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New Year

It’s 2011.

I went to bed at 10:00p.m. on New Year’s Eve. I’ll need to make up for that next year.

The best New Year’s I ever had? Hmm. A few years back I went to San Francisco. I had dinner at my parents and then a group of random friends took a train to the city. We drank too much in a pub and then wandered, arm in arm, down to the water to watch fireworks over the Golden Gate Bridge. That was pretty good. The best? I don’t know.

I’d like to have a really romantic New Year’s — like the ones that happen in movies — Like when Harry Met Sally. How they meet up in that Hotel Ballroom and dance and isn’t that when he tells her he loves her and they kiss? I can’t remember. I think so.

When I was sixteen and in love with my high school sweetheart, I went to Disneyland with all my close friends and my boyfriend. A Youth Group trip. And after we ate everything, and went on every ride, and the time was almost midnight, we ran haphazardly to a meeting point where a big band was playing on a stage. There we danced under fireworks and streamers and I got a good, long kiss. Sixteen was good. Maybe the best, because, well, it was sixteen.

Last night Shawn and I drove through old town, post Rose Parade. The city looked like my bedroom looked at 8 or the side of an L.A. freeway. Trash everywhere (no Barbie heads like I had in my room at 8). At the stoplight I surveyed the trash to see what was left – coffee cups, crumpled napkins, half-eaten food. We marveled at how much it must cost the city to clean up and how disgusting people are when they’re gathered in masses. At another stoplight I saw a group of teenagers dressed in costumes eating together. They were illuminated by the yellow lights of the restaurant and they bounced from table to table, to the trash can, and to the soda dispenser. I was momentarily envious of them and the space in time they occupied — that time in youth when all you can see is RIGHT NOW and all you want is your friends and that guy to flirt with. So fun. No car payments, no job, no school loans, no supervisors, no rent, and no sense of reality. Sitting where they sit, they think they can be and do anything they want — and it’s true– they can — there life is teaming with options.

I sound mournful of MY right now. It sounds like I regret the decisions I made that got me here. I don’t think that’s right. I think I just miss THAT space. I still dream. I still wonder who I’ll be and what I’ll do with all the years I have left to live. But of course, there’s a weightiness now to the dreams, because I’m older. And friends. That’s the real ache of it all. Friends grow up, and fend for themselves, and often move away. And that energy and community that fuels your existence in that diner, or that coffee place, or in your backyard — it changes. I am still held together by a close group of friends – but they live everywhere – Alabama. Argentina. San Diego. Concord. Ohio. Peru. Sacramento. Oregon. In my dreams, I have them all right here, gathered with me over a cup of coffee. And we are just as young as when we first met, just as free, and wild, and dreamy. We live in the same building, or still across the street, or even in the same home. We stay up late and wonder about everything – who we will marry, what we’ll name or kids, and how we’ll take care of our parents when we finally make enough money. And we’re still committed to our big, stupid plan — to start a commune on a farm, where we raise chickens, and children, and bring in crazy, drug addict poor people to live with us. And I’m a writer. And we all play music together. And we share resources because we’re perfect socialists.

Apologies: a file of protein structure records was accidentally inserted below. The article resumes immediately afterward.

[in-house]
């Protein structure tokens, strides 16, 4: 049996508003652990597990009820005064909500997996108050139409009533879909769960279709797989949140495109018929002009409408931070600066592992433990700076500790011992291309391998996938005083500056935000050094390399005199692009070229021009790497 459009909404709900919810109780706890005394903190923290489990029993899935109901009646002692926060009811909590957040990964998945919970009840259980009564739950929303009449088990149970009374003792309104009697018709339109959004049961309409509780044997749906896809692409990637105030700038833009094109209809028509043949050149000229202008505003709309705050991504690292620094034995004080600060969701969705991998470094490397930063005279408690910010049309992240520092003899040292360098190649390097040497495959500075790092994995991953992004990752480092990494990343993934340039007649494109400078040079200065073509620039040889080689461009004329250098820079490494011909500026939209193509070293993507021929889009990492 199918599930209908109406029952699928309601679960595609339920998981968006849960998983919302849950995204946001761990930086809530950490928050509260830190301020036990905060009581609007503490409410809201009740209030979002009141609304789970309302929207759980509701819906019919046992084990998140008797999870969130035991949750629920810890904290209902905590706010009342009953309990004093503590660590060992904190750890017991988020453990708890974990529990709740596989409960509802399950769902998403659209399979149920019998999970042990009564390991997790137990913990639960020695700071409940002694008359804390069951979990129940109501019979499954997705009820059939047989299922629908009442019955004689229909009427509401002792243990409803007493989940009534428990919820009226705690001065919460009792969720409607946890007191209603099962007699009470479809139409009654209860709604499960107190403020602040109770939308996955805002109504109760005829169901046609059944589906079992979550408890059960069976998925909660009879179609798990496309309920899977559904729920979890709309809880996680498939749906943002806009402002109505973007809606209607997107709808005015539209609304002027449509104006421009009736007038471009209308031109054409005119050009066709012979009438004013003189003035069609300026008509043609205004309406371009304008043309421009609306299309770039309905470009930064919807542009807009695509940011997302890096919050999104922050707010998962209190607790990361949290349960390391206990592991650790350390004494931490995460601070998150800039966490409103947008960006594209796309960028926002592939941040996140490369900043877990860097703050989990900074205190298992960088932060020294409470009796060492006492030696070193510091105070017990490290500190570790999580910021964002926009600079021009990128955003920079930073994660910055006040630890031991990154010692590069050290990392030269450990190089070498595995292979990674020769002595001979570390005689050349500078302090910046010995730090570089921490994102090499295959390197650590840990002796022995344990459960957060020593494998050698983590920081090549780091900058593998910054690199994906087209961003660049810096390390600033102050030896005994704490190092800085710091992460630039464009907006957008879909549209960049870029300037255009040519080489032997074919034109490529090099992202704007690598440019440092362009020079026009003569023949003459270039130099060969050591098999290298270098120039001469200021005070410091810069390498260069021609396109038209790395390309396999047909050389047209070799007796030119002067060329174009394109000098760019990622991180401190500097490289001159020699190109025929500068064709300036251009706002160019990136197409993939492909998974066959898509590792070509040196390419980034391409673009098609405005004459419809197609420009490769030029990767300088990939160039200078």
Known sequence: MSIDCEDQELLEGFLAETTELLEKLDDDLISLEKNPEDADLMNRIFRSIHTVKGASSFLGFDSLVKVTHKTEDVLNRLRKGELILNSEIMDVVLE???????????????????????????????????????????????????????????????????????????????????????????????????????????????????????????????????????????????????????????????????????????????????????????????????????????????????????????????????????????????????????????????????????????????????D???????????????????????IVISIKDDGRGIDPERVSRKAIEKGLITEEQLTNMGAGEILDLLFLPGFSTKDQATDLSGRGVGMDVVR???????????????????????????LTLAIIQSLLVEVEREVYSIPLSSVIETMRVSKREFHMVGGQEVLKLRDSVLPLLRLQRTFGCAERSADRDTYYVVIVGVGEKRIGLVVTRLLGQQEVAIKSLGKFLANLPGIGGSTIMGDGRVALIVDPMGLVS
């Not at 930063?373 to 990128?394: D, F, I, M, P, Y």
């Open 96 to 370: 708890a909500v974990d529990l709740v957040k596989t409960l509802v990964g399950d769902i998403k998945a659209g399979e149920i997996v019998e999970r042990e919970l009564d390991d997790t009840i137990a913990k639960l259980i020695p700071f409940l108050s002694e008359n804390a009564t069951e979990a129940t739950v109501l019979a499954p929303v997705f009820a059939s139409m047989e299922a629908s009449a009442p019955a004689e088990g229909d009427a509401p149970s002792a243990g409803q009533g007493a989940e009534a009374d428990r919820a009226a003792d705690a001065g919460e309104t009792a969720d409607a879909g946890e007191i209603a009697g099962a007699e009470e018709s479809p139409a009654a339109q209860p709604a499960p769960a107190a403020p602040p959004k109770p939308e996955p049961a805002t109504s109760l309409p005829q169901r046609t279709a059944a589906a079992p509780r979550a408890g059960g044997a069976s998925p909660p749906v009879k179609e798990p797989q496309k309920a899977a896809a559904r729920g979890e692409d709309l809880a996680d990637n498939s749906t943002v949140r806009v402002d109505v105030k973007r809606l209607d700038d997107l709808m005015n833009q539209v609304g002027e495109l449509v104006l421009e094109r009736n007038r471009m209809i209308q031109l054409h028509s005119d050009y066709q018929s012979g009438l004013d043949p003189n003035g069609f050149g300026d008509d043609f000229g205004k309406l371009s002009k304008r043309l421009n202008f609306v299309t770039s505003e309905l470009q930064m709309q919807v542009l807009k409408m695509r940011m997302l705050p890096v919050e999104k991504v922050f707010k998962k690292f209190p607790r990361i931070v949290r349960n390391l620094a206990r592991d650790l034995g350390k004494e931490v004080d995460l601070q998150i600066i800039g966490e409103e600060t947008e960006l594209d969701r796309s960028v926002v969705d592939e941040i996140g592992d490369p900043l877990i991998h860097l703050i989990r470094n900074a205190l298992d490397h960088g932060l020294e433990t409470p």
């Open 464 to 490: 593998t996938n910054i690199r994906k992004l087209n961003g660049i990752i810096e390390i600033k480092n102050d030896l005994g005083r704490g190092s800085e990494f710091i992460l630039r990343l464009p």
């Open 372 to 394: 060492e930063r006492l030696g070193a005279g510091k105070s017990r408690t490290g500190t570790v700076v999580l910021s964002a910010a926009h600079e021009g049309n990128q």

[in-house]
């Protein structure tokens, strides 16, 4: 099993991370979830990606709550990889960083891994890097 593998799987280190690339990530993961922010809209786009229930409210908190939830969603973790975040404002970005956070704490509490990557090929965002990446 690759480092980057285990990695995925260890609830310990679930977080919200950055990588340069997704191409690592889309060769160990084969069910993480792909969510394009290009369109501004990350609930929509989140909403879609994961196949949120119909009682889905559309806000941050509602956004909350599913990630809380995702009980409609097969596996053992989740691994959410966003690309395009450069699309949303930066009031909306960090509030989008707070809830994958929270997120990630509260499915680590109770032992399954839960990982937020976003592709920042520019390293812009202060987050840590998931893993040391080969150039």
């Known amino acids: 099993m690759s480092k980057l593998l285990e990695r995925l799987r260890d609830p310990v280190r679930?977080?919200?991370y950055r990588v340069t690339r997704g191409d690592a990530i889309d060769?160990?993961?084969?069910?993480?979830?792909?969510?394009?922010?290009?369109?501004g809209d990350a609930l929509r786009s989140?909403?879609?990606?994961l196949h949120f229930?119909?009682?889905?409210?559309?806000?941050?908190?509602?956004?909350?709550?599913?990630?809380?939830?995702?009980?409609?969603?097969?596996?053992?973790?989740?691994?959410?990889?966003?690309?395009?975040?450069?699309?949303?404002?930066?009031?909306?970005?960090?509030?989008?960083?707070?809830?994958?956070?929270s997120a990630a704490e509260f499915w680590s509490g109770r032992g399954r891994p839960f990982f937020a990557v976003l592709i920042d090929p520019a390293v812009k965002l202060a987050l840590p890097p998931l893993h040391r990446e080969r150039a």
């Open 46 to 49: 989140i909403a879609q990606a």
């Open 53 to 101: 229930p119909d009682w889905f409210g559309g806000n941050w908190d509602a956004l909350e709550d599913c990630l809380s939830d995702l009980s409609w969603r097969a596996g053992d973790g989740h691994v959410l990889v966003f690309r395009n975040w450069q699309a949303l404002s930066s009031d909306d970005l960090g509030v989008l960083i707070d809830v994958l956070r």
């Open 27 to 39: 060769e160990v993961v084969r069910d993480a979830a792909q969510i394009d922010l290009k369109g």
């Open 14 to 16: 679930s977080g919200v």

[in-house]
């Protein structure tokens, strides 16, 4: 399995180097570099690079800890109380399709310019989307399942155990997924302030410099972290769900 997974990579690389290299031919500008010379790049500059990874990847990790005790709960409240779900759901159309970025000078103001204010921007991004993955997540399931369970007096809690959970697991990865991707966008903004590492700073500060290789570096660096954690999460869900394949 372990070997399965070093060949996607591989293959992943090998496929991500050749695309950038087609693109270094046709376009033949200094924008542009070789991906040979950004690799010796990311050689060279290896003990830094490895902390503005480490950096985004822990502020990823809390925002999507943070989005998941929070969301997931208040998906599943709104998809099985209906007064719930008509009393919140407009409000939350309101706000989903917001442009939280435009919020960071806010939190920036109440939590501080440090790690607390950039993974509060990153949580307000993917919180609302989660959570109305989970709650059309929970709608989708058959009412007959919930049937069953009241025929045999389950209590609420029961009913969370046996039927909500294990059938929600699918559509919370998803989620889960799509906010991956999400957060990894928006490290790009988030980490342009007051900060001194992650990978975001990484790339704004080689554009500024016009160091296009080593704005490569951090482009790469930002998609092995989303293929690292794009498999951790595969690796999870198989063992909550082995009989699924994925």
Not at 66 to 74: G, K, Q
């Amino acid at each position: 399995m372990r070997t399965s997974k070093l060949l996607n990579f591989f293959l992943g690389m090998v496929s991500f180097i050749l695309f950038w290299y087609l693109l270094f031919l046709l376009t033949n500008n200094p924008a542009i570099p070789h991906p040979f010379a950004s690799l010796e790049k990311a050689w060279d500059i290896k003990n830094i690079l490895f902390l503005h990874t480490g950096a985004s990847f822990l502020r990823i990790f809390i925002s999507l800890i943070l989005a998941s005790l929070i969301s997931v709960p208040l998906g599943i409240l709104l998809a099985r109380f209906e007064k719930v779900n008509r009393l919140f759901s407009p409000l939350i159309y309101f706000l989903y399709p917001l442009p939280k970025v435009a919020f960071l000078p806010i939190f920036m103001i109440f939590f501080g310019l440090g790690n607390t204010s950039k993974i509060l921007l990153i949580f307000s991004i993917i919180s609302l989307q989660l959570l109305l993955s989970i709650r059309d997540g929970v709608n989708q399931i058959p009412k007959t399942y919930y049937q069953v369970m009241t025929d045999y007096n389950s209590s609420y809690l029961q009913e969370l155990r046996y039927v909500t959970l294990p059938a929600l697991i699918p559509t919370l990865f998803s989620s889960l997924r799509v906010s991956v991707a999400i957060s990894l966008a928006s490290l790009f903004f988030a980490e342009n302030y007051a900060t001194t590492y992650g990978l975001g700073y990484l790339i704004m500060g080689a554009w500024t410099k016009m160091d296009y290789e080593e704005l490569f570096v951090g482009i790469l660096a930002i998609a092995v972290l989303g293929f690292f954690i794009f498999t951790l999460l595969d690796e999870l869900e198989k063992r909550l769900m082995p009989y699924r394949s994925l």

It could still happen.

Not that reality is that bad.
My reality.
I have to remind myself, when I get like this, all forlorgn and prone to romanticize the past, that my reality is actually pretty terrific. What I have now – isn’t maybe what I thought I’d have – but it’s solid, and it’s good, and it’s mine, and some of it I earned, and most of it is mearly the grace of God. I have a meaningful job that I believe helps the world be a little better. There’s a good man, that shows up, and would gladly dance with me under fireworks and he likes the way I dream. And there’s good friends that give me reasons to travel and places to go. I can’t yet provide for my parents, but I have them both, alive and close. I have the space to craft words on a page. I have endless amounts of music, everywhere, in everything. I really am lucky.

Just missing a space in time.


Sometimes, right before I fall asleep, I think about my friends and I feel so damn lucky.  Can I say that?  Because I think it.  I think it all the time.  It’s a bit dramatic, I know. 

So life is hard.  It’s short and unending.  It’s complex and tragic and at times just achingly beautiful.  And the tendency I have is to get lost in the big, unknowns – the parts I can’t control, the impending feelings of doom, like everything could at any point fall to pieces.  But then there are times when I have the where-with-all to look around and see who is right beside me and it seriously blows my mind.  I think I’m privy to know just about the kindness, deepest souls out there.